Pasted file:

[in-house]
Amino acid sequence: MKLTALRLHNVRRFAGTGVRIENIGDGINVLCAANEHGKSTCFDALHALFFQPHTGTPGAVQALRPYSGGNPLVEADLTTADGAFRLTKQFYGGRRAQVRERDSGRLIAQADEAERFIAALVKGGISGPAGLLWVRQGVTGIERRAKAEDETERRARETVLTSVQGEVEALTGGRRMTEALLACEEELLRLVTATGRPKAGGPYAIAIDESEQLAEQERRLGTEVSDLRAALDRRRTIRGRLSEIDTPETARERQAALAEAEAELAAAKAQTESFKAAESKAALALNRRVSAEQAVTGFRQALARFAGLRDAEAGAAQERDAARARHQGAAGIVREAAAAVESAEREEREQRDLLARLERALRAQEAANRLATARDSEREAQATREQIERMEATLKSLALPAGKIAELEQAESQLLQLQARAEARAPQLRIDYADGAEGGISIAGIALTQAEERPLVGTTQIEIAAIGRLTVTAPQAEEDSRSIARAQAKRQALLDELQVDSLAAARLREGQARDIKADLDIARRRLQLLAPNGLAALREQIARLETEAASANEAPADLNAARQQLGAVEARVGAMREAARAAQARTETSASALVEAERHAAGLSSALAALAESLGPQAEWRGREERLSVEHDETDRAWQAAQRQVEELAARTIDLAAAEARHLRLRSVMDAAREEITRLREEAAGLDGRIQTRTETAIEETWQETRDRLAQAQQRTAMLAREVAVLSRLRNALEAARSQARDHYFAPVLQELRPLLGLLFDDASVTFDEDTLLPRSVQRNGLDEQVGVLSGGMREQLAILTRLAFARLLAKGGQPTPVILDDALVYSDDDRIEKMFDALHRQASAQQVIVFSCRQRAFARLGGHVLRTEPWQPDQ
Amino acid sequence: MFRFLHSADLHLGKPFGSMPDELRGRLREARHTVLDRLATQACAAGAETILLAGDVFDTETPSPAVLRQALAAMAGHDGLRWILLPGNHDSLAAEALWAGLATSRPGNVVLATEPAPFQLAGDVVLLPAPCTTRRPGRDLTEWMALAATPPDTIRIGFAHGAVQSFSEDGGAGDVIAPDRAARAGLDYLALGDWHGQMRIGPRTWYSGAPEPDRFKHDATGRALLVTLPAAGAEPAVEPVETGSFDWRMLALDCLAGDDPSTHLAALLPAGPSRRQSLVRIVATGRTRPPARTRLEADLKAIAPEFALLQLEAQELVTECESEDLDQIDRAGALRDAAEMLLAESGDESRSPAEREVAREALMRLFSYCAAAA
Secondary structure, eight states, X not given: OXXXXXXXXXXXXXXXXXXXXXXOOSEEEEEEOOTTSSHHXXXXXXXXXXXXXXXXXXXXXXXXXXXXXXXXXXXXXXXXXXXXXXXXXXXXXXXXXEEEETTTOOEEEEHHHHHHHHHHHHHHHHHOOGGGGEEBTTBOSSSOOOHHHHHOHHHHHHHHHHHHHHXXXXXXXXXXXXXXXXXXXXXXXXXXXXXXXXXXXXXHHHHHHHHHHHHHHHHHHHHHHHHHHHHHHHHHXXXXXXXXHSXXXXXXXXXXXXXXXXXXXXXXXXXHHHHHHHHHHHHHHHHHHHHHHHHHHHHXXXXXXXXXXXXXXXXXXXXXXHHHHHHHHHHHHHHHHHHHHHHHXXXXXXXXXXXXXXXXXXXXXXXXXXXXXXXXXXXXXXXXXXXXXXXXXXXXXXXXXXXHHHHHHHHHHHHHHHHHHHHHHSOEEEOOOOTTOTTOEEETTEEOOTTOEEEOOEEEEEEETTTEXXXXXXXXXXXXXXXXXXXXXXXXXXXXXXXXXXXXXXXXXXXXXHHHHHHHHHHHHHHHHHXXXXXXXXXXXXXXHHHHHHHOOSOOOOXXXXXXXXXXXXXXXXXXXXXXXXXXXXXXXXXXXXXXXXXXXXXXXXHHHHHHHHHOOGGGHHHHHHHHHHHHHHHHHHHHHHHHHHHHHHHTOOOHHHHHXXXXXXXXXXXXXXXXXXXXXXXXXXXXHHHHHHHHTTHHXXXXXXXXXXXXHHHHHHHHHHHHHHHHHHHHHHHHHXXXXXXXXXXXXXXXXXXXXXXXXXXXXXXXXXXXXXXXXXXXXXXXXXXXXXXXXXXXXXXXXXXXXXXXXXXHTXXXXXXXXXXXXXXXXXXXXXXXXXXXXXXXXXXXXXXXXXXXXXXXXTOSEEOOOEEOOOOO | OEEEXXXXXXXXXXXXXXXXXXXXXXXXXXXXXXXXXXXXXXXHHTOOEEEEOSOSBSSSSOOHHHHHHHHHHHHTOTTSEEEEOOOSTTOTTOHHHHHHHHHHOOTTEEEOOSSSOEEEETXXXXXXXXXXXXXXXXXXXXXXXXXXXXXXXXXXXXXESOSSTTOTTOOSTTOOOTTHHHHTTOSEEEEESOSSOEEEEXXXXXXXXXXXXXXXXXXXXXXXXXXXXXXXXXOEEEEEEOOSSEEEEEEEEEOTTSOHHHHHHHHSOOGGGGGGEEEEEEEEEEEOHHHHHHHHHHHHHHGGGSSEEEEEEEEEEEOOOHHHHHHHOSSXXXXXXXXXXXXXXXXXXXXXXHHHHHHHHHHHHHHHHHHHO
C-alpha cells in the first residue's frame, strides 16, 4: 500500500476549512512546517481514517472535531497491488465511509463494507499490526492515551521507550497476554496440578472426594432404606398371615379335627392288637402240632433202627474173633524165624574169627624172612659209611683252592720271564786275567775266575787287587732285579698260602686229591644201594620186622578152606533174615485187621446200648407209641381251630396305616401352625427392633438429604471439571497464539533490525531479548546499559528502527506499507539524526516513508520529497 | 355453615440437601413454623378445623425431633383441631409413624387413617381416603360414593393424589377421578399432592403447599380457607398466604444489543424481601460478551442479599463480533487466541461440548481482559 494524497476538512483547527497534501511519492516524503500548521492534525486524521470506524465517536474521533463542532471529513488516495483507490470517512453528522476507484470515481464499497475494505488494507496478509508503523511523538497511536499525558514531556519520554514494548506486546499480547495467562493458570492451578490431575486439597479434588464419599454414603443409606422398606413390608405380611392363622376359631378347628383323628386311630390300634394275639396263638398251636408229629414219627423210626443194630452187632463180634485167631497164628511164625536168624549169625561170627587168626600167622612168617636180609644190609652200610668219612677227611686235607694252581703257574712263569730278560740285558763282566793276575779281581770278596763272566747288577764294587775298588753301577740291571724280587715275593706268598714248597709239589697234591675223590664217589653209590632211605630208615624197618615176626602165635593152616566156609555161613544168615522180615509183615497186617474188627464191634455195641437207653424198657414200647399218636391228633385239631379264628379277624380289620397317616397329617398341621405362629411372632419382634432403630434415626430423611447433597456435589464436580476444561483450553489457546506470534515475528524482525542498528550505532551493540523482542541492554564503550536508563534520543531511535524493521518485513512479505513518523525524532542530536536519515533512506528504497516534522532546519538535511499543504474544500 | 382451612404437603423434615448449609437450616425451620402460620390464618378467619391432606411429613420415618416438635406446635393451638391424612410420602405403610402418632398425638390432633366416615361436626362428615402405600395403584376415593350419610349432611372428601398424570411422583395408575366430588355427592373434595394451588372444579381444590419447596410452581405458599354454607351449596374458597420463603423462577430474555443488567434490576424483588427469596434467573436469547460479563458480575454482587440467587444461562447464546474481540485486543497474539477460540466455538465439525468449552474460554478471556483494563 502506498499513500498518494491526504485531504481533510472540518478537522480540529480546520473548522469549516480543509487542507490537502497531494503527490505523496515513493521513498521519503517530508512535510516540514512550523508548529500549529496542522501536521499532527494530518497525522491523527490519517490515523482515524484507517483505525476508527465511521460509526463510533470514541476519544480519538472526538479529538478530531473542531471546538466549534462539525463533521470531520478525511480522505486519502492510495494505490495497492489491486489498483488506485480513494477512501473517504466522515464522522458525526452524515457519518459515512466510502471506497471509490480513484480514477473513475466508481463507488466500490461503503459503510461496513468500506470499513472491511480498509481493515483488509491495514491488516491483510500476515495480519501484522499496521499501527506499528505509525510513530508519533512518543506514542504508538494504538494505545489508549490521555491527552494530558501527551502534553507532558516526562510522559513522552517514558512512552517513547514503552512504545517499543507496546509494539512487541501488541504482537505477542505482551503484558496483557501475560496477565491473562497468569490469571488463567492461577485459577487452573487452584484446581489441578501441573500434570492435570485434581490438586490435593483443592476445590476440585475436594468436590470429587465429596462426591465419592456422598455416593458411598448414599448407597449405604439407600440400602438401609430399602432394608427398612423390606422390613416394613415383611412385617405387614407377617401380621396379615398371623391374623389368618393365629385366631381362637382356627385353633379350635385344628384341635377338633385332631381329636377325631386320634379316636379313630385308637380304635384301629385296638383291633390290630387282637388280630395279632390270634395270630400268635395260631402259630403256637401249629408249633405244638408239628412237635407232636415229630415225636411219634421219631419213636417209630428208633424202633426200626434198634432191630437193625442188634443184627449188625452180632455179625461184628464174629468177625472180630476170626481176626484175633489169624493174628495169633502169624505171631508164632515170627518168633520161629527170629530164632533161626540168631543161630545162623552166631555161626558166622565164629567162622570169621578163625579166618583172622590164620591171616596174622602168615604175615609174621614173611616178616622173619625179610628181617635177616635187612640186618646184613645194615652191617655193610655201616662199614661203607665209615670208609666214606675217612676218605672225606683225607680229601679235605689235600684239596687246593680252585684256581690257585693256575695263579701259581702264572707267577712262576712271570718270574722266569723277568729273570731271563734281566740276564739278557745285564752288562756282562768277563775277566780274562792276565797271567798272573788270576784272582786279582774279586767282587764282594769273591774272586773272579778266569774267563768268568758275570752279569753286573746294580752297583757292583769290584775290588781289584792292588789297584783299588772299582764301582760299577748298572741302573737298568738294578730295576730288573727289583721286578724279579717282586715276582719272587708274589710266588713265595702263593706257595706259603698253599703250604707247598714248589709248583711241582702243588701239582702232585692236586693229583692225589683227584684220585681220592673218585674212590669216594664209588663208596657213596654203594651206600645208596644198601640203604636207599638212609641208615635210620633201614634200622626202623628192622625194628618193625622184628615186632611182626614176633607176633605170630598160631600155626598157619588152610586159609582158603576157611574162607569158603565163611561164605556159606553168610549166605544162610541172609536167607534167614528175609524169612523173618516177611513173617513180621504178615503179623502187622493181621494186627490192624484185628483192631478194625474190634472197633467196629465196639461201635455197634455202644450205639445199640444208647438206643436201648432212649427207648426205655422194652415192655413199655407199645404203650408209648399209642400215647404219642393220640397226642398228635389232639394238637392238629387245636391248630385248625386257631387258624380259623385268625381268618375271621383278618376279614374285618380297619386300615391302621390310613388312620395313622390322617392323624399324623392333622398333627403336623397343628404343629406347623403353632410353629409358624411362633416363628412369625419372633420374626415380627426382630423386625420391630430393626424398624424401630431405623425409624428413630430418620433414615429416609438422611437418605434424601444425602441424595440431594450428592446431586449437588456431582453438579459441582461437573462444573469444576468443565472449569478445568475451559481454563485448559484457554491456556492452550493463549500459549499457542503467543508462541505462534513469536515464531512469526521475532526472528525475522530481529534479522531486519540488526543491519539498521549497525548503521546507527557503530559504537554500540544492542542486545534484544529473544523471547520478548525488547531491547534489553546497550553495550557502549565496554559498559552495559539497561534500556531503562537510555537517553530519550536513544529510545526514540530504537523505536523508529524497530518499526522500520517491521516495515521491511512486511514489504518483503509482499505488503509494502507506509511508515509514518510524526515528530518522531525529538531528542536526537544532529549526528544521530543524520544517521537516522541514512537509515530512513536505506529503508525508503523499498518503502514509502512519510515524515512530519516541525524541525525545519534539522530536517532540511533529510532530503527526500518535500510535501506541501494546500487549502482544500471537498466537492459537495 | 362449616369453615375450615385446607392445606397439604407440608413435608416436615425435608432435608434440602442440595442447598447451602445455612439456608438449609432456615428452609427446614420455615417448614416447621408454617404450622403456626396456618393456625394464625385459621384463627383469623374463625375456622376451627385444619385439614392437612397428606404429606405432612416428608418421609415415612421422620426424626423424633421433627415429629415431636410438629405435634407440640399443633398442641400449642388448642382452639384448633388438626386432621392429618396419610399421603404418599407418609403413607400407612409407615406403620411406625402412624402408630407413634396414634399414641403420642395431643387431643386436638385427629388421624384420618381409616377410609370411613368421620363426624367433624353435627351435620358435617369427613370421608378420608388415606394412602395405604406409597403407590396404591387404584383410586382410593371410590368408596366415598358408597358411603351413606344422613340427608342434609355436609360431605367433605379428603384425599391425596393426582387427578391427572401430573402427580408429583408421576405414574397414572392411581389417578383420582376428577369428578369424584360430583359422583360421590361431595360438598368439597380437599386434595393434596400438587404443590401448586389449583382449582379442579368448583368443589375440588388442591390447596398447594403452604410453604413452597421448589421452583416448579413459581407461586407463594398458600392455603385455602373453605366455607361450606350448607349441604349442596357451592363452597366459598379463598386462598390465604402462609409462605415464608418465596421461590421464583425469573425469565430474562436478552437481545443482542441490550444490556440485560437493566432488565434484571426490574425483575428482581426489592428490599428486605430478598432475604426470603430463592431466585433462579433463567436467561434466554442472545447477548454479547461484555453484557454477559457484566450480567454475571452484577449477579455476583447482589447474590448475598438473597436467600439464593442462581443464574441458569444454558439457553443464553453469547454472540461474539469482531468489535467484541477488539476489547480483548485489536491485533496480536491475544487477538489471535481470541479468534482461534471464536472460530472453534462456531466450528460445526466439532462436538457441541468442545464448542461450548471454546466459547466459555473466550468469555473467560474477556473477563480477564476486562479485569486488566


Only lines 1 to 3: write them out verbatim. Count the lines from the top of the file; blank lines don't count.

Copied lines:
[in-house]
Amino acid sequence: MKLTALRLHNVRRFAGTGVRIENIGDGINVLCAANEHGKSTCFDALHALFFQPHTGTPGAVQALRPYSGGNPLVEADLTTADGAFRLTKQFYGGRRAQVRERDSGRLIAQADEAERFIAALVKGGISGPAGLLWVRQGVTGIERRAKAEDETERRARETVLTSVQGEVEALTGGRRMTEALLACEEELLRLVTATGRPKAGGPYAIAIDESEQLAEQERRLGTEVSDLRAALDRRRTIRGRLSEIDTPETARERQAALAEAEAELAAAKAQTESFKAAESKAALALNRRVSAEQAVTGFRQALARFAGLRDAEAGAAQERDAARARHQGAAGIVREAAAAVESAEREEREQRDLLARLERALRAQEAANRLATARDSEREAQATREQIERMEATLKSLALPAGKIAELEQAESQLLQLQARAEARAPQLRIDYADGAEGGISIAGIALTQAEERPLVGTTQIEIAAIGRLTVTAPQAEEDSRSIARAQAKRQALLDELQVDSLAAARLREGQARDIKADLDIARRRLQLLAPNGLAALREQIARLETEAASANEAPADLNAARQQLGAVEARVGAMREAARAAQARTETSASALVEAERHAAGLSSALAALAESLGPQAEWRGREERLSVEHDETDRAWQAAQRQVEELAARTIDLAAAEARHLRLRSVMDAAREEITRLREEAAGLDGRIQTRTETAIEETWQETRDRLAQAQQRTAMLAREVAVLSRLRNALEAARSQARDHYFAPVLQELRPLLGLLFDDASVTFDEDTLLPRSVQRNGLDEQVGVLSGGMREQLAILTRLAFARLLAKGGQPTPVILDDALVYSDDDRIEKMFDALHRQASAQQVIVFSCRQRAFARLGGHVLRTEPWQPDQ
Amino acid sequence: MFRFLHSADLHLGKPFGSMPDELRGRLREARHTVLDRLATQACAAGAETILLAGDVFDTETPSPAVLRQALAAMAGHDGLRWILLPGNHDSLAAEALWAGLATSRPGNVVLATEPAPFQLAGDVVLLPAPCTTRRPGRDLTEWMALAATPPDTIRIGFAHGAVQSFSEDGGAGDVIAPDRAARAGLDYLALGDWHGQMRIGPRTWYSGAPEPDRFKHDATGRALLVTLPAAGAEPAVEPVETGSFDWRMLALDCLAGDDPSTHLAALLPAGPSRRQSLVRIVATGRTRPPARTRLEADLKAIAPEFALLQLEAQELVTECESEDLDQIDRAGALRDAAEMLLAESGDESRSPAEREVAREALMRLFSYCAAAA